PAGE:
Hope for HIE – Hypoxic Ischemic Encephalopathy Hope for HIE – Hypoxic Ischemic Encephalopathy


Remembering Jackson: Codi’s Story

April 20th, 2022  | Family Stories  | News


I’ll forever go back to the day I found out I was pregnant – scared; nervous and terrified to have my first baby. I wish more than anything I could rewind my life to that moment and be as naïve as to what could happen as I was back then.

I had a picture-perfect pregnancy. Everything went smooth, at least as smooth as you can ask for it to be, until it wasn’t. I carried our sweet Jackson to 40 weeks and 3 days and was then induced. Mistake number one? Maybe, but we’ll never know.

Jackson was born on February 21st 2019… Dead. He had NO heartbeat. Nothing. He was gone. He didn’t cry. They had to resuscitate him. My now husband got to meet Jackson before I did. They came back to talk to me about what was going on with Jackson and were given a few options including pulling life support and not giving him a fighting chance.… I hadn’t even SEEN my child yet.

I lost it.

How can you possibly be telling me to let my child die and I haven’t even met him yet?
A while later he was sent on life-flight with my husband and I was released four hours after giving birth to drive two hours to be with them at the children’s hospital. We got there a little after midnight, found my husband where doctors had been questioning him about what had happened and trying to get Jackson stable. I touched my baby – and was basically told “You just gave birth – go get some rest. He’s stable enough and we’ll talk more in the morning.”

The next few days were a blur. HIE was explained to us, how it happens and what it means and entails. Jackson was cooled for 72 hours and we could put our hand on him but couldn’t hold him. He had EEG’s that showed next to no brain activity. Even on cooling – not exactly what we hoped for. But maybe things will change?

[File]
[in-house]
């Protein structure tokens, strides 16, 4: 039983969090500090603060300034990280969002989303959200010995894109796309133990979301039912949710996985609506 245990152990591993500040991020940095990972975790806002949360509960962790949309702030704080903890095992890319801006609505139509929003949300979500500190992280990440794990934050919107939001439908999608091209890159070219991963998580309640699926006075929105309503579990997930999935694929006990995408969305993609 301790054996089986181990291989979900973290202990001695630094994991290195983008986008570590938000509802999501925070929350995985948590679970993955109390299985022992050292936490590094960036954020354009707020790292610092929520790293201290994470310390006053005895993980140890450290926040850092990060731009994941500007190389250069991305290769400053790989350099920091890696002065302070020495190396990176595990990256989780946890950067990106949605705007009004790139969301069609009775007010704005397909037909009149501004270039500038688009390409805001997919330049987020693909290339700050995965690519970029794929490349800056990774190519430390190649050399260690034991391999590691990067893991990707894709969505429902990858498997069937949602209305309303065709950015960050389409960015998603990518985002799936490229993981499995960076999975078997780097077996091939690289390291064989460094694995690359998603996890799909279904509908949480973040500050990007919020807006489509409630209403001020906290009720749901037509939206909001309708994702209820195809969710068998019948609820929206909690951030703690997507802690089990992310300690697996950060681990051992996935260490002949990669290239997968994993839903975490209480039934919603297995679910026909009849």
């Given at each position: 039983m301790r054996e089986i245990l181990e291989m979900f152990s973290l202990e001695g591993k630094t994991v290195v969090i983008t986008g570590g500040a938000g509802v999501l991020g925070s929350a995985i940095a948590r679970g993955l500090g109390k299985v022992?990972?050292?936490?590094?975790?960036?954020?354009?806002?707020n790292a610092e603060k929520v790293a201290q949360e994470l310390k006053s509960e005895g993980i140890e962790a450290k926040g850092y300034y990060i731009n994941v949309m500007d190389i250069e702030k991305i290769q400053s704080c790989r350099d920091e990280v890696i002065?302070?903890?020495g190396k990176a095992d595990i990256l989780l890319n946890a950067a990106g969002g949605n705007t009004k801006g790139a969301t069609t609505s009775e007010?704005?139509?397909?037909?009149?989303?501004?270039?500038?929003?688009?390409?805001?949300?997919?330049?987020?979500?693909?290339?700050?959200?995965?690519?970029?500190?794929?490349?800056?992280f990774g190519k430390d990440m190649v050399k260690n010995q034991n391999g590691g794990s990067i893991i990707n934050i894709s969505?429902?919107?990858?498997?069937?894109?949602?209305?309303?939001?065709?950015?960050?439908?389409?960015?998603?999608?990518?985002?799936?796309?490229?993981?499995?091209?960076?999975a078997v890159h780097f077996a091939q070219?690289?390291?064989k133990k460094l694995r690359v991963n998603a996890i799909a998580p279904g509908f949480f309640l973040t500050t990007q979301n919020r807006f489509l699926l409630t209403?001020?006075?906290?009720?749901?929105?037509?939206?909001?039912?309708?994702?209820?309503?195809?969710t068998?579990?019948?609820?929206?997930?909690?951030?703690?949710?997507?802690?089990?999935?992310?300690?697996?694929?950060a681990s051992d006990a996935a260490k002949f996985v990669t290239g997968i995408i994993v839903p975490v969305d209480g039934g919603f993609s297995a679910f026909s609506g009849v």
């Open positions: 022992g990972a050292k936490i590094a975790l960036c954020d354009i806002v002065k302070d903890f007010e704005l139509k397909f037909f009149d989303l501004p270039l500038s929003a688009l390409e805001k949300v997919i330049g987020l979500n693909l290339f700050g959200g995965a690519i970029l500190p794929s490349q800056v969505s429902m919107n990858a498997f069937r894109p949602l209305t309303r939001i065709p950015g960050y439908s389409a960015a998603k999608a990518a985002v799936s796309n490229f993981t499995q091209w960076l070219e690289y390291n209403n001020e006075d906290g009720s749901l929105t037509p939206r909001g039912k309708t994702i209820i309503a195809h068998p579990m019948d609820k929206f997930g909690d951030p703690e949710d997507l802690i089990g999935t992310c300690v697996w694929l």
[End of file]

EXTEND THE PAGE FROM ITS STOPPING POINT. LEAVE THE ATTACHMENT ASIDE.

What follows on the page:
After a long 4 days I finally got to hold my son for the first time. I cry as I write this – because I still feel it like it was yesterday. I remember finally FEELING like a mom to a child I had carried for the last 40+ weeks. Feeling his skin against mine was the most calming feeling. I didn’t get to hold him long because he was still running an EEG machine because he was of normal temperature and they had to do a comparison to the previous EEG.

The next few days of testing and holding our son were yet again ultimately a blur. Wake up.. go to NICU, love on Jackson, sleep, eat and repeat.

Day 5 was MRI day.

On day 6.. we had a care team meeting scheduled for that afternoon. I sit here writing still in tears as I remember that day perfectly. They had brought a photographer in to do family photos of all of us and I remember clear as a day a nurse walking in and saying “Results are back – SEVERE global damage.” Well, so much for the “happy” family photos we were supposed to get. All you see in those images now are utter pain as I’m beginning to realise my son isn’t going to live.

The meeting.. as terrible as you think it was.

Jackson wouldn’t walk, talk, he would be blind, and he would need a tracheostomy and he likely wouldn’t breathe on his own without a vent.